National Graphic Novel Writing Month, Day 14: Creating Characters: The Nature of Heroes and Villains, by Peter David
Peter David, writer of stuff, wrote a book about writing comics and graphic novels called Writing for Comics and Graphic Novels with Peter David
(certainly clear in intent) from which we take the following:
If you ask anyone you know whether they need someone who is going to make their life difficult, you would unquestionably get a resounding “no.” No person would say that he measures the success of his day by how soundly he manages to overcome an implacable opponent.
And yet, many of us do have “villains” in our lives. Be they oppressive bosses, obnoxious co-workers, bullies at school…on any given day we may find ourselves in a position where we have to outthink, outwit, and outmaneuver those who are in a position to make our lives difficult.
Push comes to shove, we may even find ourselves with our backs against the wall and have to slug it out with them. In such a situation, it helps to remember that comic book heroes are able to avail themselves of everything from super-science to healing factors in order to bounce back. We, being mere mortals, tend to break far more easily. So even as we discuss the ways and means of depicting heroes going toe-to-toe with villains, it helps to remember that talking one’s differences out is definitely the way to go.
Curiously, we tend to think of the hero as the mover and shaker, the protagonist. Yet the opposite is often true: It is the villain who actually drives the plot. He’s the one with the plan, he’s the one with the goal—anything from robbing a bank to world domination. There’s a variety of possibilities and directions that the villain’s foul schemes can go to satisfy his needs. The hero, on the other hand, exists for one reason only: To thwart the villain. On an average day, the Avengers sit around playing pinochle, waiting for the activities of a villain to spur them to action. On an average night, Batman is either hanging out at the Batcave dodging falling bat guano, or else he’s patrolling the city looking to find a villain whose endeavors he can thwart.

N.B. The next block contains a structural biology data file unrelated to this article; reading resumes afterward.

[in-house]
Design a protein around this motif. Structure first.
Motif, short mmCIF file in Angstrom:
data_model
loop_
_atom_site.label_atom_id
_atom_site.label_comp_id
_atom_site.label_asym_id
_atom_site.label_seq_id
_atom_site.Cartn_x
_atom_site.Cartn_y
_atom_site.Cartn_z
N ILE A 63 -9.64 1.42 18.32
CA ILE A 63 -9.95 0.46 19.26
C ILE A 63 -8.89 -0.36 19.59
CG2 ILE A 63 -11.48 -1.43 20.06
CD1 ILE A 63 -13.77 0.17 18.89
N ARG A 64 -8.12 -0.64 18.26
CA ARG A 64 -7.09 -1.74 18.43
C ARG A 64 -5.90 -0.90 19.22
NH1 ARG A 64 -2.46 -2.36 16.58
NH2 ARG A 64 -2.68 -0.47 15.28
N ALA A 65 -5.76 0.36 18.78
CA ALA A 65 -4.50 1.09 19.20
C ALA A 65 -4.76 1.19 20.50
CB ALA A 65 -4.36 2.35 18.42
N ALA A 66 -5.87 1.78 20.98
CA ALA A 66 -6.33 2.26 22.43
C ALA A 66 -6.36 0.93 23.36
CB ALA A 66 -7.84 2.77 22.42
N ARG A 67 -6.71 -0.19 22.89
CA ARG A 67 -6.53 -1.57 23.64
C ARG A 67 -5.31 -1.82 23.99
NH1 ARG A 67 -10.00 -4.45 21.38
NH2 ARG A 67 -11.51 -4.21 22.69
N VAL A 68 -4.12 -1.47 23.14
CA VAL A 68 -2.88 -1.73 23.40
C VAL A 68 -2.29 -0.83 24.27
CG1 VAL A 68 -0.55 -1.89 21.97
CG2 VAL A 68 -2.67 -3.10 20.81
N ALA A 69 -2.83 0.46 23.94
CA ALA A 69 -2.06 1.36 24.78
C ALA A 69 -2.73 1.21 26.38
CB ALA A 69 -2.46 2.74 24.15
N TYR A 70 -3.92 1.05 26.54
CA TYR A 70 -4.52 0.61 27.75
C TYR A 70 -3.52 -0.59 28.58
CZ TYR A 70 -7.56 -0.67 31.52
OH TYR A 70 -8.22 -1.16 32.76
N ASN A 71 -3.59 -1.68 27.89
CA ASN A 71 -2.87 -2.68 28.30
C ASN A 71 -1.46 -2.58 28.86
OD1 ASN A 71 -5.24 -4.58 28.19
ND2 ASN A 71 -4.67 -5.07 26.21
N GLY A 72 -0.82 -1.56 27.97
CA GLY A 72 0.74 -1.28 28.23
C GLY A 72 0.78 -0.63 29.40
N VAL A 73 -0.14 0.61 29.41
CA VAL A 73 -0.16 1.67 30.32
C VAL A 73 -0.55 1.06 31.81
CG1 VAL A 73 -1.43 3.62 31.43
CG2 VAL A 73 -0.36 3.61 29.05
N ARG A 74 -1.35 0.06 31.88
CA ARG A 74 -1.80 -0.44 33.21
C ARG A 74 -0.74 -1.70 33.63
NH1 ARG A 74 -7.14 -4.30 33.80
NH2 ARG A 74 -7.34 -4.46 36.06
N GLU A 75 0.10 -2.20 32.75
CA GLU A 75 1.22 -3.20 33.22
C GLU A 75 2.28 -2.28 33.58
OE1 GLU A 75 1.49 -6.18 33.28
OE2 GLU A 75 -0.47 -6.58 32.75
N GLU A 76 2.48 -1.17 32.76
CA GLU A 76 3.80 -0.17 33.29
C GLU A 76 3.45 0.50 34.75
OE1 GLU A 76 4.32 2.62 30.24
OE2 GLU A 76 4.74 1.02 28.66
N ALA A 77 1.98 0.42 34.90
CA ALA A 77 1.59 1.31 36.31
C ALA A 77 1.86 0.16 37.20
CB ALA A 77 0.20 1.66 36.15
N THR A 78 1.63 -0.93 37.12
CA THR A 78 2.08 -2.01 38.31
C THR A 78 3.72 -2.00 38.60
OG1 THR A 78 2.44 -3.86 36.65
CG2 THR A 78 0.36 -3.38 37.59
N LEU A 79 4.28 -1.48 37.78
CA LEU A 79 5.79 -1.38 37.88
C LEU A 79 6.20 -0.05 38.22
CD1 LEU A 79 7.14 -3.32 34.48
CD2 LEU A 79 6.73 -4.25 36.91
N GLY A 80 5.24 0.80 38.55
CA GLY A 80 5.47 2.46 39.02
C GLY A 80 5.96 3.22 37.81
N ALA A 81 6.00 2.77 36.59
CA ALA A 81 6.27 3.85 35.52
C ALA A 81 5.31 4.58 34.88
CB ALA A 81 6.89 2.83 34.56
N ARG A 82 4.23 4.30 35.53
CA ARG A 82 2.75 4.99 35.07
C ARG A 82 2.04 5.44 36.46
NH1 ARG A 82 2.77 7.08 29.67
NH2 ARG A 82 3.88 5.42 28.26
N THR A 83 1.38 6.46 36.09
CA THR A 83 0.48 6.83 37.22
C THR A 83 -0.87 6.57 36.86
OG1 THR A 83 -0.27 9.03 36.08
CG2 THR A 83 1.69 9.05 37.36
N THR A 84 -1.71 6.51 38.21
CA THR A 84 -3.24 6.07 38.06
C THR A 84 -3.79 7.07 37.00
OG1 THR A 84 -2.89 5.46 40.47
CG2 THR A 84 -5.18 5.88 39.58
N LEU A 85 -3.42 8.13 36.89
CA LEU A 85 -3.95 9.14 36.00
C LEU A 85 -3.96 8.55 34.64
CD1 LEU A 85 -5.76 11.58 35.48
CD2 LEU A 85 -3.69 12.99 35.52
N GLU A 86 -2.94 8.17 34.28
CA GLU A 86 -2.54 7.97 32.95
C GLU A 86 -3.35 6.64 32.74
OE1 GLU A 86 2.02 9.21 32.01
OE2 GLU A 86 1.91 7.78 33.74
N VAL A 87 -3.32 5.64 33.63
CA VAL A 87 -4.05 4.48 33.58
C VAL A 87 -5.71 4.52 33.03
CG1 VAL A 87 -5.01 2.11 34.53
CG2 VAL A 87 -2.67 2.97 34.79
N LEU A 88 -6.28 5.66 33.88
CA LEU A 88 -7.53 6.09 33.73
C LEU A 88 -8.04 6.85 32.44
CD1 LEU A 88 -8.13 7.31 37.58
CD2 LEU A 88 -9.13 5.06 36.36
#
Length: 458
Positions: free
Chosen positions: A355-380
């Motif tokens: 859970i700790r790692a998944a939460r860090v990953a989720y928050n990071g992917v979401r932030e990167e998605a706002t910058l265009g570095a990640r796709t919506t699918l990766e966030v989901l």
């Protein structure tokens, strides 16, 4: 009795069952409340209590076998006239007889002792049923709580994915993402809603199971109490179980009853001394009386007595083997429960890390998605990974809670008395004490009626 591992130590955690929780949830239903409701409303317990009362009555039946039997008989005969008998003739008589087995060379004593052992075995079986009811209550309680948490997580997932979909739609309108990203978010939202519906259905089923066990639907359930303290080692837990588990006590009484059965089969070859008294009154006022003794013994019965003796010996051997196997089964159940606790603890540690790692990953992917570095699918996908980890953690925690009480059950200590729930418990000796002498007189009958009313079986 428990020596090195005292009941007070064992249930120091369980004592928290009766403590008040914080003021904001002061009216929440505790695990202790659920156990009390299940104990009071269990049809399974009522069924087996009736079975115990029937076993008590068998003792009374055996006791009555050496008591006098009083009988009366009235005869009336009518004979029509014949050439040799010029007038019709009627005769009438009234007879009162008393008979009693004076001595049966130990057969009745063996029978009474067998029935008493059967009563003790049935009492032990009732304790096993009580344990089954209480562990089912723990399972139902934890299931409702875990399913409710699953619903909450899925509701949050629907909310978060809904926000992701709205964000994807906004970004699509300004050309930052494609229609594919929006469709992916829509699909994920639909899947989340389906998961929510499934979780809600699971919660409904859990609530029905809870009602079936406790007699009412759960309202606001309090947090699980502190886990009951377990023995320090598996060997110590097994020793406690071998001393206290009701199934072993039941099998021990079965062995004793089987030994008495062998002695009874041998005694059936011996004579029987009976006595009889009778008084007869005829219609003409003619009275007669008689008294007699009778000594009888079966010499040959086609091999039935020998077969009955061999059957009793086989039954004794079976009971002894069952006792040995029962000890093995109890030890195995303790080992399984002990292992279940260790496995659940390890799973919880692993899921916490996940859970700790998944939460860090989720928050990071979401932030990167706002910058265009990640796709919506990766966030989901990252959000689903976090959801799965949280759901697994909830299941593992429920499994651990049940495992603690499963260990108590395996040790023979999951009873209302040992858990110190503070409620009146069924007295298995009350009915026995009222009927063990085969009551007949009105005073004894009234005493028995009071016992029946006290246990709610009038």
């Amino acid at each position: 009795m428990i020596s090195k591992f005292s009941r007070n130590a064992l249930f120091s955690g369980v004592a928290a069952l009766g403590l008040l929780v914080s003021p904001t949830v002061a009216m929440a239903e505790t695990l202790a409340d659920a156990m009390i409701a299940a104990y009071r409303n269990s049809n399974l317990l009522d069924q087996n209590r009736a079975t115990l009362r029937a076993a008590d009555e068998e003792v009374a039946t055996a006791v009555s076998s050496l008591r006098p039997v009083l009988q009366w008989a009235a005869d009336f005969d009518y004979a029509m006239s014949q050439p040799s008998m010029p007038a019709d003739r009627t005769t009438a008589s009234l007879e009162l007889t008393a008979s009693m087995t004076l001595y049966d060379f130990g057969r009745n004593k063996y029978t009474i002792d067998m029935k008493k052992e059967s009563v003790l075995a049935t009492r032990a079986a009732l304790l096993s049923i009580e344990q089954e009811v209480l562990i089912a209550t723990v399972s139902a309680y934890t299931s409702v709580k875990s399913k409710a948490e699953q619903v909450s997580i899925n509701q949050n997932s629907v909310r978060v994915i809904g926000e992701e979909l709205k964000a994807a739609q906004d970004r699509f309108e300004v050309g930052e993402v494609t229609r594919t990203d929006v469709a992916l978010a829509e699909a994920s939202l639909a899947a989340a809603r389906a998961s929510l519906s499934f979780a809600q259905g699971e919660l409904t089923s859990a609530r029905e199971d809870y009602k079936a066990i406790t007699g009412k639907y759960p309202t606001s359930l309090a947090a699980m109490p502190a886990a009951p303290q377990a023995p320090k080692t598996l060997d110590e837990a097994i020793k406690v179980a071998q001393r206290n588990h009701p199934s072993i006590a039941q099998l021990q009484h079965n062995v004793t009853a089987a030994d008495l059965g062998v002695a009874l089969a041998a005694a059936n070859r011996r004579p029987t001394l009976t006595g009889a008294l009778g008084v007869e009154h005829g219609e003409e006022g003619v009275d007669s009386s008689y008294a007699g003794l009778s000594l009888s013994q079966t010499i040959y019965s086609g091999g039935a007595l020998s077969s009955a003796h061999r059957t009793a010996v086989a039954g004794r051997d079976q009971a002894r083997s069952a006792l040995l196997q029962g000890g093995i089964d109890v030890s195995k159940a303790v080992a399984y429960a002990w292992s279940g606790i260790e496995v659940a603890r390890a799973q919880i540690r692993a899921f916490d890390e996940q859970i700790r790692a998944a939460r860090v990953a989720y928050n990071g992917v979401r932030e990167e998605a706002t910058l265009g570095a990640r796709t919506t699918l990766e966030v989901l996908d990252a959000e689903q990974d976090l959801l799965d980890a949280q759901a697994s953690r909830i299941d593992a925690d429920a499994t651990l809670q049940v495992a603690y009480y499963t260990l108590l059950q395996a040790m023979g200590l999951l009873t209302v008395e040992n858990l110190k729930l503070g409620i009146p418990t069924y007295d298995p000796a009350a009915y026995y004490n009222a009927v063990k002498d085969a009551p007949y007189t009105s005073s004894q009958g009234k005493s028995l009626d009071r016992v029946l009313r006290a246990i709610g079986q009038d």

So as a writer, not only do you need to have a hero with whom your reader can connect, but you also want the reader to understand—and perhaps even sympathize—with the villain’s goals as well.
Is such a thing possible? Sure it is. Alfred Hitchcock once pointed out that an audience could be watching a scene in a movie wherein a handsome burglar has concocted an elaborate and clever scheme to gain access to a vault inside a wealthy couple’s home. As he is working on opening the safe, unbeknownst to the burglar, the couple is on their way home unexpectedly because they left their theater tickets on the bureau in the room he’s burgling.
Tension mounts as the burglar continues to crack the safe while the couple draws closer and closer to discovering. And what, asked Hitchcock, is going through the audience’s mind during that time? They’re mentally urging the burglar, “Hurry! Hurry! You’re going to get caught!” Yes, that’s right: They’re rooting for a bad guy.
It is the ingeniousness of his plans, after all, that are being asked to seize the audience’s imagination. If the villain’s plan is lame, if the villain is someone who fails to engage the reader’s attention, then not only will the reader not care about his evil doings, but the hero’s eventual triumph over his opponent will seem unimpressive.
That’s why it’s impossible to invest too much energy in either crafting new heroes and villains, or choosing unique ways in which to interpret or reinterpret already existing characters. Your stories stand or fall on your characters. If the reader doesn’t connect with the characters, then the most ingenious plot in the world will make no difference at all.
Artwork by Tom Gauld. And remember: you can follow all the NaGraNoWriMo posts here!